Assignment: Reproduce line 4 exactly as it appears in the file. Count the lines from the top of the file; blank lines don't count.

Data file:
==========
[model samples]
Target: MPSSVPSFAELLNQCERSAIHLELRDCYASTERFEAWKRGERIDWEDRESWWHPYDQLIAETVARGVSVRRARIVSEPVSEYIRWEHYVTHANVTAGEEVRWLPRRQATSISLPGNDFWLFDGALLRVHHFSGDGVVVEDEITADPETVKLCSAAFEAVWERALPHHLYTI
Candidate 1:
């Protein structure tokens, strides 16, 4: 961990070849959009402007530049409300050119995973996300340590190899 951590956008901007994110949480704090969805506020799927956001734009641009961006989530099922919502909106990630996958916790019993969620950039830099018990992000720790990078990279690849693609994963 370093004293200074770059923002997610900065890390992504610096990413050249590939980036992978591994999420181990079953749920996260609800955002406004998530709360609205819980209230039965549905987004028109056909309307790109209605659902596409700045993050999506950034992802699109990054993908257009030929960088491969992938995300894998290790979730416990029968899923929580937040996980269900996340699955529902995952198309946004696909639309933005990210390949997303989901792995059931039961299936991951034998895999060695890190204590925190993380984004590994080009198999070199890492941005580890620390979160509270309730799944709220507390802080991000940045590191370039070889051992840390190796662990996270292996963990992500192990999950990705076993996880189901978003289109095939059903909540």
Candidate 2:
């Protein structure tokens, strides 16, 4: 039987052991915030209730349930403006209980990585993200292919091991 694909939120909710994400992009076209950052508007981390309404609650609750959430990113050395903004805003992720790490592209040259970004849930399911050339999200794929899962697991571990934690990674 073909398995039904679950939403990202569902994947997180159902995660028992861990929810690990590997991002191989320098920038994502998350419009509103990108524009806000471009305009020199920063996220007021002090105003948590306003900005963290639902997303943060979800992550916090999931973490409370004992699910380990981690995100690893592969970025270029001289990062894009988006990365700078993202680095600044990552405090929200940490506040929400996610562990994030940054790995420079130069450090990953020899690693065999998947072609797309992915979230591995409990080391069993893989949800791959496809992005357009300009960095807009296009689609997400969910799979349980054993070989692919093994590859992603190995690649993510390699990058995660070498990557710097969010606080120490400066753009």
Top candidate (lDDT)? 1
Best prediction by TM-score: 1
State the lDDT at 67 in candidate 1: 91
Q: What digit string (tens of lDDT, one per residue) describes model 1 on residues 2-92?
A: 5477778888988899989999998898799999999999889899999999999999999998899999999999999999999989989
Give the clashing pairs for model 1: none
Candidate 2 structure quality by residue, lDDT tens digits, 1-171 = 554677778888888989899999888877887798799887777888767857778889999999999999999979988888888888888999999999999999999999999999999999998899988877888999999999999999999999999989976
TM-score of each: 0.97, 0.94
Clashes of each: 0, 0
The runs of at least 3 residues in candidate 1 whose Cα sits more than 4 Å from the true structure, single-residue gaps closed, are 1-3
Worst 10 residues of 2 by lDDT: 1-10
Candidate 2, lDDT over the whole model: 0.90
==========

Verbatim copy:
């Protein structure tokens, strides 16, 4: 961990070849959009402007530049409300050119995973996300340590190899 951590956008901007994110949480704090969805506020799927956001734009641009961006989530099922919502909106990630996958916790019993969620950039830099018990992000720790990078990279690849693609994963 370093004293200074770059923002997610900065890390992504610096990413050249590939980036992978591994999420181990079953749920996260609800955002406004998530709360609205819980209230039965549905987004028109056909309307790109209605659902596409700045993050999506950034992802699109990054993908257009030929960088491969992938995300894998290790979730416990029968899923929580937040996980269900996340699955529902995952198309946004696909639309933005990210390949997303989901792995059931039961299936991951034998895999060695890190204590925190993380984004590994080009198999070199890492941005580890620390979160509270309730799944709220507390802080991000940045590191370039070889051992840390190796662990996270292996963990992500192990999950990705076993996880189901978003289109095939059903909540």